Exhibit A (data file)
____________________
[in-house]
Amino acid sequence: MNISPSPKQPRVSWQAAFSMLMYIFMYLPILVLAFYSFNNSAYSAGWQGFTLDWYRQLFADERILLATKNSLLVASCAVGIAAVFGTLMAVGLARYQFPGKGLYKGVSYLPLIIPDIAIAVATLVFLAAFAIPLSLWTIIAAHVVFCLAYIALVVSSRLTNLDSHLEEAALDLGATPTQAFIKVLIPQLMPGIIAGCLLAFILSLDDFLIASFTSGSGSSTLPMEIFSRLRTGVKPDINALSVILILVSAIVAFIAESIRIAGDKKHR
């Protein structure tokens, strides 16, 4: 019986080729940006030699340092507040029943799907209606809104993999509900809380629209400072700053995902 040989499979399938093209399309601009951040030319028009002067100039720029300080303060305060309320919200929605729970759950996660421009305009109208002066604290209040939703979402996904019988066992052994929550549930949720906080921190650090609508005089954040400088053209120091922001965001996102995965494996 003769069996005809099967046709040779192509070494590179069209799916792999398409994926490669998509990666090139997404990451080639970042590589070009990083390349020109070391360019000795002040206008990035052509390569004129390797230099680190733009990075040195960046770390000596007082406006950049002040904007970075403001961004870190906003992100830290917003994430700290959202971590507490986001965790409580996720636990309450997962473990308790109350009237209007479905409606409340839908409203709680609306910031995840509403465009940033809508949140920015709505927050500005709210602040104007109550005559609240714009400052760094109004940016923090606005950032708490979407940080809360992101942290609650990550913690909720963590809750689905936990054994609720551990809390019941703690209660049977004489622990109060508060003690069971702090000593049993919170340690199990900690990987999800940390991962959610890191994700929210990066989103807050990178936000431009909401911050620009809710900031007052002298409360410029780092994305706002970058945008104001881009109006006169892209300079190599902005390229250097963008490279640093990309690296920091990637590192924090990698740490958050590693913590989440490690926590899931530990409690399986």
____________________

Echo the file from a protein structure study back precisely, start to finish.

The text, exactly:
[in-house]
Amino acid sequence: MNISPSPKQPRVSWQAAFSMLMYIFMYLPILVLAFYSFNNSAYSAGWQGFTLDWYRQLFADERILLATKNSLLVASCAVGIAAVFGTLMAVGLARYQFPGKGLYKGVSYLPLIIPDIAIAVATLVFLAAFAIPLSLWTIIAAHVVFCLAYIALVVSSRLTNLDSHLEEAALDLGATPTQAFIKVLIPQLMPGIIAGCLLAFILSLDDFLIASFTSGSGSSTLPMEIFSRLRTGVKPDINALSVILILVSAIVAFIAESIRIAGDKKHR
């Protein structure tokens, strides 16, 4: 019986080729940006030699340092507040029943799907209606809104993999509900809380629209400072700053995902 040989499979399938093209399309601009951040030319028009002067100039720029300080303060305060309320919200929605729970759950996660421009305009109208002066604290209040939703979402996904019988066992052994929550549930949720906080921190650090609508005089954040400088053209120091922001965001996102995965494996 003769069996005809099967046709040779192509070494590179069209799916792999398409994926490669998509990666090139997404990451080639970042590589070009990083390349020109070391360019000795002040206008990035052509390569004129390797230099680190733009990075040195960046770390000596007082406006950049002040904007970075403001961004870190906003992100830290917003994430700290959202971590507490986001965790409580996720636990309450997962473990308790109350009237209007479905409606409340839908409203709680609306910031995840509403465009940033809508949140920015709505927050500005709210602040104007109550005559609240714009400052760094109004940016923090606005950032708490979407940080809360992101942290609650990550913690909720963590809750689905936990054994609720551990809390019941703690209660049977004489622990109060508060003690069971702090000593049993919170340690199990900690990987999800940390991962959610890191994700929210990066989103807050990178936000431009909401911050620009809710900031007052002298409360410029780092994305706002970058945008104001881009109006006169892209300079190599902005390229250097963008490279640093990309690296920091990637590192924090990698740490958050590693913590989440490690926590899931530990409690399986």